Casino Forum in CT: A Report

by Grace O'Connor


6/7/2019

 Grace O'Connor
Intern, CT Conference, UCC

In the first event of its kind, a Forum on the Economic and Social Impact of Expanded Gambling was held at the Connecticut State Capitol. The Forum, co-hosted by Representative Anne Hughes and Representative Jill Barry with the Coalition Against Casino Expansion in Connecticut (CACE) addressed a range of economic and social costs that the state may expect to face if casino gambling, sports betting, and internet wagering are allowed to expand. 

Former Congressman Bob Steele offered an in-depth presentation of the costs of gambling, supported in large part by “Why Casinos Matter”, a report prepared by an independent, non-partisan group of scholars and civil leaders.  He stressed that many other reports on these topics are untrustworthy because they are funded by the gambling industry, and often include biased information.
Congressman Steele addressed these major points in opposition to gambling expansion:

  • Today’s computerized slot machines are designed to be highly addictive and contribute to about 80% of a casino’s gambling revenue.
  • Today’s casinos cater predominantly to low-income workers, retirees, women, and minorities who live nearby. 
  • Despite the common claim from casinos that most customers do not struggle with gambling addiction, over a dozen independent studies have shown that 40-60% of slot machine revenue comes from problem gamblers, which translates into about half of the money the government receives coming from this exploitation.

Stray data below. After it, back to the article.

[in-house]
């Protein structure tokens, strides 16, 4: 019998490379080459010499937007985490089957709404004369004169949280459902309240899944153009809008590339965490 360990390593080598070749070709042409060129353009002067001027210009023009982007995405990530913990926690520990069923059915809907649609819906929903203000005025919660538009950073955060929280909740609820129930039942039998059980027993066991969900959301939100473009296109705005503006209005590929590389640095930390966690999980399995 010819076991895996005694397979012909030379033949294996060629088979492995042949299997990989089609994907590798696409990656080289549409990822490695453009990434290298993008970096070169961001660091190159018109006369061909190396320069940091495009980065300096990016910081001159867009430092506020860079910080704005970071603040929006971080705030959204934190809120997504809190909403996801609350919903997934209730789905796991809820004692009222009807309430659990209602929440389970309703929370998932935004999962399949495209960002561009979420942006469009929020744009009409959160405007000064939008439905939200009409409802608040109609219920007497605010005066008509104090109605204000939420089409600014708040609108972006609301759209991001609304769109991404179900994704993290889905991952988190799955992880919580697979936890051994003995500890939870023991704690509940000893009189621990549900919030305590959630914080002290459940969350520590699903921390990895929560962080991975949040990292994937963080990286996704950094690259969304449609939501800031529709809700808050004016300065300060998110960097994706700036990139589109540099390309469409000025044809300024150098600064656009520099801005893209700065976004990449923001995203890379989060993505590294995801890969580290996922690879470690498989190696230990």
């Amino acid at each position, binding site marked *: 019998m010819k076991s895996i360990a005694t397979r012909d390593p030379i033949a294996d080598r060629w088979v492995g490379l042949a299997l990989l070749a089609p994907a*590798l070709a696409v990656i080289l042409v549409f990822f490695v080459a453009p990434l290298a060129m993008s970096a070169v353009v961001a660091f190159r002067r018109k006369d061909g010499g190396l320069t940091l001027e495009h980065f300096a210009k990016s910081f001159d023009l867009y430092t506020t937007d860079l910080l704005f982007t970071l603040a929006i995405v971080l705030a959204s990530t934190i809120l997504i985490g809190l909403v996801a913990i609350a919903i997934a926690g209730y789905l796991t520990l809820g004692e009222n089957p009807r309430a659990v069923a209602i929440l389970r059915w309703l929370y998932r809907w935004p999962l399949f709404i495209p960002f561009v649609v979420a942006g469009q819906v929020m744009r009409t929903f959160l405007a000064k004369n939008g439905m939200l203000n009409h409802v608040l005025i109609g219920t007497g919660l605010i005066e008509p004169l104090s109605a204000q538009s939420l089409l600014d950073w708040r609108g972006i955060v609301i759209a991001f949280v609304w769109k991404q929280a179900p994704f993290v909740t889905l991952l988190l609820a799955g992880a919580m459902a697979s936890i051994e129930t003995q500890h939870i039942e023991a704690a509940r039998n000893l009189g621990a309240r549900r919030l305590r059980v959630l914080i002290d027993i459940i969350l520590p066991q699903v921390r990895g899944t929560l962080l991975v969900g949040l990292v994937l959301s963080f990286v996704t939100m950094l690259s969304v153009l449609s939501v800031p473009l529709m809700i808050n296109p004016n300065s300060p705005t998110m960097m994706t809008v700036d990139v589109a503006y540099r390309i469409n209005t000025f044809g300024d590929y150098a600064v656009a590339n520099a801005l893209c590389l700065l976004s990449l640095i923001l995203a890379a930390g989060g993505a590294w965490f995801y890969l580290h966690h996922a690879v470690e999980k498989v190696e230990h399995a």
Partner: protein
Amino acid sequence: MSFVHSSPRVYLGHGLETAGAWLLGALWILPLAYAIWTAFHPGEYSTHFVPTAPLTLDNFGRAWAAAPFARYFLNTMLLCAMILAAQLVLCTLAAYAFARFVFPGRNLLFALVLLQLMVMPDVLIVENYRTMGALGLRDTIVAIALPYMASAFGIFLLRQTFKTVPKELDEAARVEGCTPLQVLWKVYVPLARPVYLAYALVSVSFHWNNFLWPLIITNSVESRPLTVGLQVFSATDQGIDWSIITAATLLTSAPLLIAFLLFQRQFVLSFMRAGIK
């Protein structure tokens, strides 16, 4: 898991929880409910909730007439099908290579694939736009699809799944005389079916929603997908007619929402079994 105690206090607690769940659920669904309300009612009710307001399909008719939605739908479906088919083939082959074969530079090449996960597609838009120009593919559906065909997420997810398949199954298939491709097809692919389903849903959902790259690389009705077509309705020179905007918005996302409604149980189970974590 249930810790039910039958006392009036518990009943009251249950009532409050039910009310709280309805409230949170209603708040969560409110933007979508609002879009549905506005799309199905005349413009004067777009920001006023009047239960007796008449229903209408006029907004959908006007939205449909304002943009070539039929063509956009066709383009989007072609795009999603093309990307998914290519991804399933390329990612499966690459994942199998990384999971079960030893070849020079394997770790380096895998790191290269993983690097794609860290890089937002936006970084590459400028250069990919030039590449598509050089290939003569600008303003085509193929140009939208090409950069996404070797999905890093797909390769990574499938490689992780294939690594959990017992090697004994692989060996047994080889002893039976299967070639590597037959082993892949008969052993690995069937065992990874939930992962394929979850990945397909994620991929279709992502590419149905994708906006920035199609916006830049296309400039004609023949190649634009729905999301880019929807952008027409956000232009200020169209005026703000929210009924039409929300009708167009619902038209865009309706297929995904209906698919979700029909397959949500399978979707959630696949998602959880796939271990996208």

• Problem gamblers hurt their families and communities as well as themselves, frequently resulting in debt, bankruptcy, health problems, broken families, embezzlement, and suicide.
  • There is little evidence that casinos contribute to economic growth, as jobs and tax revenue come from billions of dollars in customer gambling loss that is then no longer available to be spent on other goods and services.  Instead, government-sponsored gambling leads to poverty and economic inequality.
  • Casino revenue will stagnate and then drop over time, as economic dynamics become increasingly negative, especially as the industry becomes oversaturated.
  • Living within ten miles of a casino doubles a person’s chances of becoming a problem gambler.
  • Regional and local casinos drain money and wealth from communities, weaken nearby businesses and property values, and reduce the civic participation that is crucial to a strong community.
Congressman Steele further added that casinos have been shown to lead to higher crime rates and hurt the state’s economy, that internet gambling puts youth and young adults at particular risk, and that CT actually has a significantly lower casino tax rate than other states in the Northeast.

Following Steele’s presentation, Adam Osmond, a man who struggled with gambling addiction in the past, shared his story to highlight the social costs of this issue.  Though he lost his two businesses and all his money to gambling, Adam considers himself a survivor, because many problem gamblers end their own lives and are not with us to tell their stories.  He urged that social costs and the impact on families be considered before expanding gambling in the state, as much of the damage of this addiction is so severe that it cannot be undone even with extensive recovery programs.

To become involved or to receive email updates about the Coalition Against Casino Expansion in CT (CACE), which CTUCC is leading for the state, please reach out to CTUCC Legislative Advocate, Michele Mudrick.
 

Grace O'Connor



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